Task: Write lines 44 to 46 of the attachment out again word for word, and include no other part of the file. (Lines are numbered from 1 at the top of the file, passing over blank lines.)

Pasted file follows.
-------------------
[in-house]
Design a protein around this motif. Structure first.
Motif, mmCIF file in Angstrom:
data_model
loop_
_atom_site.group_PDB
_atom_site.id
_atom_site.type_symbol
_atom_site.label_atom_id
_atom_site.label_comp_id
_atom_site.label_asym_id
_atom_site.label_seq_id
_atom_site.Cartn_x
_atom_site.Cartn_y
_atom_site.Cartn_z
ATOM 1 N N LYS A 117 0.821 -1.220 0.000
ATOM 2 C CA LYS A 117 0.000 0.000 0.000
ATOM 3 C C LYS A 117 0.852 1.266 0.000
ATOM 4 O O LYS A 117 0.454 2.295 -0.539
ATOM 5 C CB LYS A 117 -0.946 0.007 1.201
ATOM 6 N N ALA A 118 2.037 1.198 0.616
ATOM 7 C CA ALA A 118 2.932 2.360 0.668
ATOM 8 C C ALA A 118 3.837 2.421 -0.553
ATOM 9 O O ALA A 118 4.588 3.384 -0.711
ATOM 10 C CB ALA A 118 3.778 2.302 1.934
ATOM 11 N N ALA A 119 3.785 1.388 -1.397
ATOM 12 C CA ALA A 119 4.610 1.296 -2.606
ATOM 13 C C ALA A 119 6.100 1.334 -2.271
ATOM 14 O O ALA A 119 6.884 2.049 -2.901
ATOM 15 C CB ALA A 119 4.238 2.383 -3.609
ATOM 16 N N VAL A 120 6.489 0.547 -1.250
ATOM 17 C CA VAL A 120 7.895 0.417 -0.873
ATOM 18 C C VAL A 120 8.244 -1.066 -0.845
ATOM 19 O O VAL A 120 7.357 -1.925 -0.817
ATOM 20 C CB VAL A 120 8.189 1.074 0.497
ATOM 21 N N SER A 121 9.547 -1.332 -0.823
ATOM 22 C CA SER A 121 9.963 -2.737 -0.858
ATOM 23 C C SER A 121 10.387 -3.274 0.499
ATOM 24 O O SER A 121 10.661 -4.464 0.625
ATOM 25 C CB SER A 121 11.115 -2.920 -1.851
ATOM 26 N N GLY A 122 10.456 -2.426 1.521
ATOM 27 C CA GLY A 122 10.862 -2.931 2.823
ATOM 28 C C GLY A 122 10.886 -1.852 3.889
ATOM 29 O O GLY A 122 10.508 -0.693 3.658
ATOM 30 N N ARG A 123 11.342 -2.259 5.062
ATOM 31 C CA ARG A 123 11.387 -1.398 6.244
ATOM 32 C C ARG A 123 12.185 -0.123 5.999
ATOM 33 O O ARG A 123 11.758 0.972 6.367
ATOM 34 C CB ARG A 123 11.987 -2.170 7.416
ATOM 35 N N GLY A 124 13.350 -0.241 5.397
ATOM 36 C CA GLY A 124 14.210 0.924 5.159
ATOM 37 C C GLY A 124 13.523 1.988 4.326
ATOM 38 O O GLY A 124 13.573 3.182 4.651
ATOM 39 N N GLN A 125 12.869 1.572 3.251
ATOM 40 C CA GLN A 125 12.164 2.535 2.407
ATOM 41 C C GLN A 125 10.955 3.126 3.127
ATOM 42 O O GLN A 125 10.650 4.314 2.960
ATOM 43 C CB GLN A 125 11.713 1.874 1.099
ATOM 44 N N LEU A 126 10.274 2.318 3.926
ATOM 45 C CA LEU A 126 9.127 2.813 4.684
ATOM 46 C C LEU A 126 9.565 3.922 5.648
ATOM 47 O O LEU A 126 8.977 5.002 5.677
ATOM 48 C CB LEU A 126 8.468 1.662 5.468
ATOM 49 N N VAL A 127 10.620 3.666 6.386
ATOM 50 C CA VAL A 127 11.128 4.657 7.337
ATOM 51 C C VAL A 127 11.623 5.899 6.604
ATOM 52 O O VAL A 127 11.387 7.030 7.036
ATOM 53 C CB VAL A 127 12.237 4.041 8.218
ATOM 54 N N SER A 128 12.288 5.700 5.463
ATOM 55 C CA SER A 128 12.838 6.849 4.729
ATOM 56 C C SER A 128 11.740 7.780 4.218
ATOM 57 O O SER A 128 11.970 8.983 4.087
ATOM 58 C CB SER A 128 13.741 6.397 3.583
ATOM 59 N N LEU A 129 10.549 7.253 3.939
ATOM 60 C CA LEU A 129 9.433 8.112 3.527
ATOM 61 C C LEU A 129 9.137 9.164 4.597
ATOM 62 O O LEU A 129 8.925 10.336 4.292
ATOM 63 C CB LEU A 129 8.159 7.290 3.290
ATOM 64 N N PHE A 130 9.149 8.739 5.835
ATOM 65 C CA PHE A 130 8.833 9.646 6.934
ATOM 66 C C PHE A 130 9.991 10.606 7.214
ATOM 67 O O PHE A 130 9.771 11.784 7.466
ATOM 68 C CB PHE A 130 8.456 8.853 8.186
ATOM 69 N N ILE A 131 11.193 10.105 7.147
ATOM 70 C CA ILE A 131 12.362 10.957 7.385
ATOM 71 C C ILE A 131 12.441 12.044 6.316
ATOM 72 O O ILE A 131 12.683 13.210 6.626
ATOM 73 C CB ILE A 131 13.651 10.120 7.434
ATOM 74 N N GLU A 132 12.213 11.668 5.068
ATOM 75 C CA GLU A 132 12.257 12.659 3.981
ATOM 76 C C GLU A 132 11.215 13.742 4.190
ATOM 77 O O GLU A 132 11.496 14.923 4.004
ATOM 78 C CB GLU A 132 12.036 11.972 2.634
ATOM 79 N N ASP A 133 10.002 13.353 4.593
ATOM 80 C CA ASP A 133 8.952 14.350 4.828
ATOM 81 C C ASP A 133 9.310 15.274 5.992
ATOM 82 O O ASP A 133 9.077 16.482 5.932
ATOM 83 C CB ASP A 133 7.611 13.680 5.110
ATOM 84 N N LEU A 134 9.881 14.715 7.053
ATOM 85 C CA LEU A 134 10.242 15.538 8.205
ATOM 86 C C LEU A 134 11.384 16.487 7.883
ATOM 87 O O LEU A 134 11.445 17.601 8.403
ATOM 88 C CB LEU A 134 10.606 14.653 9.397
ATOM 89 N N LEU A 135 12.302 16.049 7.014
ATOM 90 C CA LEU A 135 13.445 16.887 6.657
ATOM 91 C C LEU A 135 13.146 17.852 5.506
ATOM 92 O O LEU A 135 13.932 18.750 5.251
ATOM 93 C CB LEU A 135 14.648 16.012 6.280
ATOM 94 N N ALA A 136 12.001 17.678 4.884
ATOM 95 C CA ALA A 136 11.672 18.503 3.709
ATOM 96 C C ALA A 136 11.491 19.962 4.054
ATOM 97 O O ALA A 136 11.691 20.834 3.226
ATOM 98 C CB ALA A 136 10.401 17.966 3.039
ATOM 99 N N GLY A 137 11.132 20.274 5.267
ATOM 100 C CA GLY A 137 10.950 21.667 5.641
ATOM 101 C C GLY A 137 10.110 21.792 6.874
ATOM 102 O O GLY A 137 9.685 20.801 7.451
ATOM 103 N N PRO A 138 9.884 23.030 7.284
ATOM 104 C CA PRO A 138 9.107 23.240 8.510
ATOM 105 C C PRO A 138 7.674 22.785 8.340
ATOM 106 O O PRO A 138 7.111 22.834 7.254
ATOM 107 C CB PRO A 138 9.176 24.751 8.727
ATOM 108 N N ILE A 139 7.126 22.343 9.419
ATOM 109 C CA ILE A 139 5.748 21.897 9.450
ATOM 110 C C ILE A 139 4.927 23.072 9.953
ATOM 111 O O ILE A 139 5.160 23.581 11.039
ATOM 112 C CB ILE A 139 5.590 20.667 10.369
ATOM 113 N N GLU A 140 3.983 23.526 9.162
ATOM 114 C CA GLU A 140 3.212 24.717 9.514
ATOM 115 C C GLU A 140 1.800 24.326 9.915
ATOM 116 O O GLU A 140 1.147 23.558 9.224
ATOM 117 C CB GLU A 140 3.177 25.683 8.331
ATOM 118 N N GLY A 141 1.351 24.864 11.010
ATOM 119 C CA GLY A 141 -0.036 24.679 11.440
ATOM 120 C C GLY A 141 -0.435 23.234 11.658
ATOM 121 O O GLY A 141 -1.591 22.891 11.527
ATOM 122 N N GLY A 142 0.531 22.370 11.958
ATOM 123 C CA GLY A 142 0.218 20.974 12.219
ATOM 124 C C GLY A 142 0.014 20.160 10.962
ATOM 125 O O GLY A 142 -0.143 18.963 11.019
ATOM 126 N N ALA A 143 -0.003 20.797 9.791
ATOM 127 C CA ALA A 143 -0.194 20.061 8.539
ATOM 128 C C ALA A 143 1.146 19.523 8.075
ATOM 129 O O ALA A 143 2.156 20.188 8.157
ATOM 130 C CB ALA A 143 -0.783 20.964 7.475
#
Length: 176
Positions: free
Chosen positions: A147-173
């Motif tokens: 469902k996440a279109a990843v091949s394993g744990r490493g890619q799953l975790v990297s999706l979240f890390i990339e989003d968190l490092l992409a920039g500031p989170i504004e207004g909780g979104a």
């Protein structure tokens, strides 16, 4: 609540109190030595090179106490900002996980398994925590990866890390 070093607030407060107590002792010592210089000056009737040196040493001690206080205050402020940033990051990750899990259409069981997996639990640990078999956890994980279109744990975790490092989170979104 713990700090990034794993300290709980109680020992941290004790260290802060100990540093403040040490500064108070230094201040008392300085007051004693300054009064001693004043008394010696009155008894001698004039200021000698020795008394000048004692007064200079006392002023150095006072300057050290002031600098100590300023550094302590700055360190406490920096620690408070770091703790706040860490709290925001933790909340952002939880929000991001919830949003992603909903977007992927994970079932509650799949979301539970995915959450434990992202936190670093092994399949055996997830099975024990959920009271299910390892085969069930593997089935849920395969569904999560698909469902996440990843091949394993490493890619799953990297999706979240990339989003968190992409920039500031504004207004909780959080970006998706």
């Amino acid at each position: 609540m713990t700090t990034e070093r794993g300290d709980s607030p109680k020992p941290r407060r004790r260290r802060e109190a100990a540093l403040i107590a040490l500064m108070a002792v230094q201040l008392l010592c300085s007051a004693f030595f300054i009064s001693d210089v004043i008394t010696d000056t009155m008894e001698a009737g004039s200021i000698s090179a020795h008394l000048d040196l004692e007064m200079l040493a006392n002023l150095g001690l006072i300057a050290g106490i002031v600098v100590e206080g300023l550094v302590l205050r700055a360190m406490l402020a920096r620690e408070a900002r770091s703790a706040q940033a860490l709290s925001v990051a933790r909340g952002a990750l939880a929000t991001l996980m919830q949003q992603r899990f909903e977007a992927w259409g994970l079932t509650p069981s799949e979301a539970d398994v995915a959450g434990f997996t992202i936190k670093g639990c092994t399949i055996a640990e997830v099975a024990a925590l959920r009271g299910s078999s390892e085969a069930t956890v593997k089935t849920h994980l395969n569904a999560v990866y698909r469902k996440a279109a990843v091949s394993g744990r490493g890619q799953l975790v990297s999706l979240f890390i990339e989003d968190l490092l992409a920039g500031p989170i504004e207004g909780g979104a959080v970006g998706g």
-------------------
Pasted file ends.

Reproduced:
ATOM 29 O O GLY A 122 10.508 -0.693 3.658
ATOM 30 N N ARG A 123 11.342 -2.259 5.062
ATOM 31 C CA ARG A 123 11.387 -1.398 6.244